You and Your Pet: A Relationship Made in Heaven

Studies show our animal companions add to our overall well-being.




Oftentimes they’re the last to say goodbye when you leave for work and they are the first to greet you when you come home at the end of the day. It’s no wonder pets are a major source of our happiness.

What many people don’t realize is that their dogs, cats or other pets might easily have other unrecognizable impacts on their everyday lives—most notably, their health.

From the physical to the psychological and emotional, caring for a pet has been shown to increase the well- being of its companion. Think about it: How many times has a gloomy day been brightened after playing with, or even just petting, an animal? “You almost always walk away feeling better,” says Sylvia Brennan, a Westwood resident who brings her Rottweiler to the dog park in the borough’s Westvale Park every weekend. “I can’t imagine not having a dog in my life.”

“An animal can make anyone happy—it’s one of the reasons why pets and people have been together for a thousand years,” adds Jodylynn Bachiman, who volunteers with the Bergen County Protection and Rescue Foundation, a no-kill shelter in Cliffside Park. Canines were first domesticated for hunting purposes; later they were used to aid in agriculture and are used today as service and therapy animals to assist those with disabilities. Some families keep service dogs because of their ability to detect medical emergencies before they happen.

“There are some dogs that can sense when a child is about to have a seizure or go into anaphylactic shock,” says Bachiman, who lives with a therapy dog, a 6-year-old Pekinese.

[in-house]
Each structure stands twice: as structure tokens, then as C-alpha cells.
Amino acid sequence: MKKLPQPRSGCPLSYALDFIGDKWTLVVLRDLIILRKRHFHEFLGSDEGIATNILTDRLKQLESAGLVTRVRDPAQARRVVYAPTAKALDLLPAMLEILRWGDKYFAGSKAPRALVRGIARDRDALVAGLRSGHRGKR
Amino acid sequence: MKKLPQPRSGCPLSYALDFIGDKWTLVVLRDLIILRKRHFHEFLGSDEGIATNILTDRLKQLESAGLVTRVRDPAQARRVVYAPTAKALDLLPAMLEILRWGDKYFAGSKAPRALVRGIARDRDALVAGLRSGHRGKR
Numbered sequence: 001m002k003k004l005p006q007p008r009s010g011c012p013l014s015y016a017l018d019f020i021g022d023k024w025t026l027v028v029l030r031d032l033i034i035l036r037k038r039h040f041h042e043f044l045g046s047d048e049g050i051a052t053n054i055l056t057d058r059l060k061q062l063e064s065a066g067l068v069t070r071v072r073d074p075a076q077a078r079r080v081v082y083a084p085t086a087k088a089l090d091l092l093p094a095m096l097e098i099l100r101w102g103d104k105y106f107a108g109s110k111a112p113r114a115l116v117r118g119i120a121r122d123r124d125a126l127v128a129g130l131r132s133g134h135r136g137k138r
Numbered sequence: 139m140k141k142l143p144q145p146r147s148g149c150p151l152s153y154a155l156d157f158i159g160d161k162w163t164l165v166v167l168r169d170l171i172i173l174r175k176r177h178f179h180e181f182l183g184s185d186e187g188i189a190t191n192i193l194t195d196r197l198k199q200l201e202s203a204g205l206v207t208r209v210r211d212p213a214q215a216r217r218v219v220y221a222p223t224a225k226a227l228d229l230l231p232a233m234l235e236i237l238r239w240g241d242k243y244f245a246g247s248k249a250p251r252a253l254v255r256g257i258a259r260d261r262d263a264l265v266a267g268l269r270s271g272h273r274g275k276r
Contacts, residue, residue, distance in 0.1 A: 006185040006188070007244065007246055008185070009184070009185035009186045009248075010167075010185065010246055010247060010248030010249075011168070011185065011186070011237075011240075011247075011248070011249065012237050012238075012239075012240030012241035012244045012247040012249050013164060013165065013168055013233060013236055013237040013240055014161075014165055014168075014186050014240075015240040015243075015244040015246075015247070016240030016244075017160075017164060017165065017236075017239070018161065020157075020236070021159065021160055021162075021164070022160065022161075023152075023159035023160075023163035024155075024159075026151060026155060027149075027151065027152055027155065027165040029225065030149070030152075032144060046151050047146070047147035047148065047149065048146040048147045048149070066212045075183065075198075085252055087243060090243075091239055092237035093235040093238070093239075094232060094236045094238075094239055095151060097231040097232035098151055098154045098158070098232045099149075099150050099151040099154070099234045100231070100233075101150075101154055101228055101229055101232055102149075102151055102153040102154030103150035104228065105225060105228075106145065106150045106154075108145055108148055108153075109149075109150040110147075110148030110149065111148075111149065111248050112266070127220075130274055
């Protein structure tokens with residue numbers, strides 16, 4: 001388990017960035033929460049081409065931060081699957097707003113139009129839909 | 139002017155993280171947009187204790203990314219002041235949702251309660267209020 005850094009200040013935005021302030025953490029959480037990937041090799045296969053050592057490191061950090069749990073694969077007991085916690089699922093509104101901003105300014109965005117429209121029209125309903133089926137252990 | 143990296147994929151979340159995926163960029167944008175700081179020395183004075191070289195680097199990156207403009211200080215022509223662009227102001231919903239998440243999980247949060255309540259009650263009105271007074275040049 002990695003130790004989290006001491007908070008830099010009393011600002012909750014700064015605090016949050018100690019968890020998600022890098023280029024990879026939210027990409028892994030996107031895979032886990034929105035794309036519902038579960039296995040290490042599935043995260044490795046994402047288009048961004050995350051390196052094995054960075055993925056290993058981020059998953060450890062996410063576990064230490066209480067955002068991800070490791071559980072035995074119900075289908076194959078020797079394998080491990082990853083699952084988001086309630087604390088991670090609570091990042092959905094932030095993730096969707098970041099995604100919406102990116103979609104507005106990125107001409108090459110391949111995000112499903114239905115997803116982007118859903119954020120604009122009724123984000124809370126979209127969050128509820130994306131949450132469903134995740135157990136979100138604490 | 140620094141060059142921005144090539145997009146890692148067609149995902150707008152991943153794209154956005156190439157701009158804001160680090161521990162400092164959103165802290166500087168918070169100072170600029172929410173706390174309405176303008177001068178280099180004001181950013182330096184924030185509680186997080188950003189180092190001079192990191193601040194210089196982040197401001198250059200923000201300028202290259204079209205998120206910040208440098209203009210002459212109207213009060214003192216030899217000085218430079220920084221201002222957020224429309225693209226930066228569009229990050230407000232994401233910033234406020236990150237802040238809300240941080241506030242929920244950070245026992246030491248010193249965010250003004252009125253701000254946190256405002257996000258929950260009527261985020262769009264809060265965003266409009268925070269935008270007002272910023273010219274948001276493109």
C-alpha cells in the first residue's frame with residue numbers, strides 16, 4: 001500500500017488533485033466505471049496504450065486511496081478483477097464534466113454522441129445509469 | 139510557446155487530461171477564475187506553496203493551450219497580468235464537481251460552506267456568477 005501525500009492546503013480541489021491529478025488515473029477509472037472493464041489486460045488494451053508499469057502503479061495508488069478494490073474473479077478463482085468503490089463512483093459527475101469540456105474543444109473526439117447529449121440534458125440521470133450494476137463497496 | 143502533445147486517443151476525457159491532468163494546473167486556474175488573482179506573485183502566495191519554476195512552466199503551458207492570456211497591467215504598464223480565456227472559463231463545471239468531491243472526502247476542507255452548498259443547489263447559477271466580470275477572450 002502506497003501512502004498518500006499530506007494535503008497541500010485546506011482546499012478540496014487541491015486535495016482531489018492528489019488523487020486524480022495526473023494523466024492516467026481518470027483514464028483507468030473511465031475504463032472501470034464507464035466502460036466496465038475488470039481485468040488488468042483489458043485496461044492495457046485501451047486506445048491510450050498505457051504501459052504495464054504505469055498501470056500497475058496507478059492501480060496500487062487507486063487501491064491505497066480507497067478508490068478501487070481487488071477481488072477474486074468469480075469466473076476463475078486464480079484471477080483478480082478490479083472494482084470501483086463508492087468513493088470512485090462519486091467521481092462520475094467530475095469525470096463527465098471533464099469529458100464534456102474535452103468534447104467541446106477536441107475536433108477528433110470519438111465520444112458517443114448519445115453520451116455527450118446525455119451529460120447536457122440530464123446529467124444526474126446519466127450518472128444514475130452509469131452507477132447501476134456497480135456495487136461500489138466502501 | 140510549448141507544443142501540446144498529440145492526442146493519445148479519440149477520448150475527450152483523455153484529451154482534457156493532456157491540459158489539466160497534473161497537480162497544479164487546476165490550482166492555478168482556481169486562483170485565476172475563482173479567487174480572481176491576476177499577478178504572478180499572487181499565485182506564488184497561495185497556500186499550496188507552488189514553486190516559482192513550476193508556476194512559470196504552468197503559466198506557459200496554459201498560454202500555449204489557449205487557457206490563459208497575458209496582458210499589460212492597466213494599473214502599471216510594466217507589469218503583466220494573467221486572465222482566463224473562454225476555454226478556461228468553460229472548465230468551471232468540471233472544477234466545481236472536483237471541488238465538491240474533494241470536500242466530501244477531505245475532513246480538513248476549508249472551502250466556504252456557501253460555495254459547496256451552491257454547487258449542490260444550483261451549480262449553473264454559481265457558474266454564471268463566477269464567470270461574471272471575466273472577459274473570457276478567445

Ridgewood resident Jeffrey Ball, president of the New Jersey Federation of Dog Clubs, trains therapy dogs. He recalls a time when he brought his Great Dane to an area hospital.

Jeffery Ball

“I saw one patient who was in her 80s and never spoke. When I came in with my dog, she lit up and began telling us stories about her childhood dog,” Ball says. “All the nurses and aides were amazed. Dogs—all pets—bring out the best in all of us.”

Scientific studies on the relationship of pets and good health support a positive link between the two. Animals can provide feelings of joy and relaxation in their human companions.

A study published by the National Center for Health Research revealed that having a pet lowered the risk of heart disease. The simple act of petting an animal helped reduce blood pressure and cholesterol, according to the study.

“When we bring cats or dogs into the home, they nurture the family,” Bachiman says. “An animal fills a spot in the family and becomes part of it. We love and care for them as we do for our children.”

The same organization cited previously published German research that followed families between 1996 and 2001, concluding that those with pets were sick on fewer days, reported fewer doctor visits and exercised more. On the other hand, families that did not have pets over that same time period experienced the highest number of doctor’s visits—higher even than those families who got their first pet within the study’s time frame. Another study demonstrated dog owners having increased survival rates after a heart attack.

“Dogs know when you’re sick,” notes Bachiman. “Some will stay with you if you’re sick in bed, but most of them will almost always stay by the door, stand guard and keep you safe.”

The benefits of the bond that children form with their pets can have a lasting impact. A study published by the Journal of Applied Developmental Psychology found that pets provide children with a sense of community and social benefits and help support the children’s psychological wellness later in life.

“Pets can help socialization skills in kids,” Ball says, “and they can also teach them certain levels of responsibility. It’s a win-win for the animal and the child.”

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January 2018

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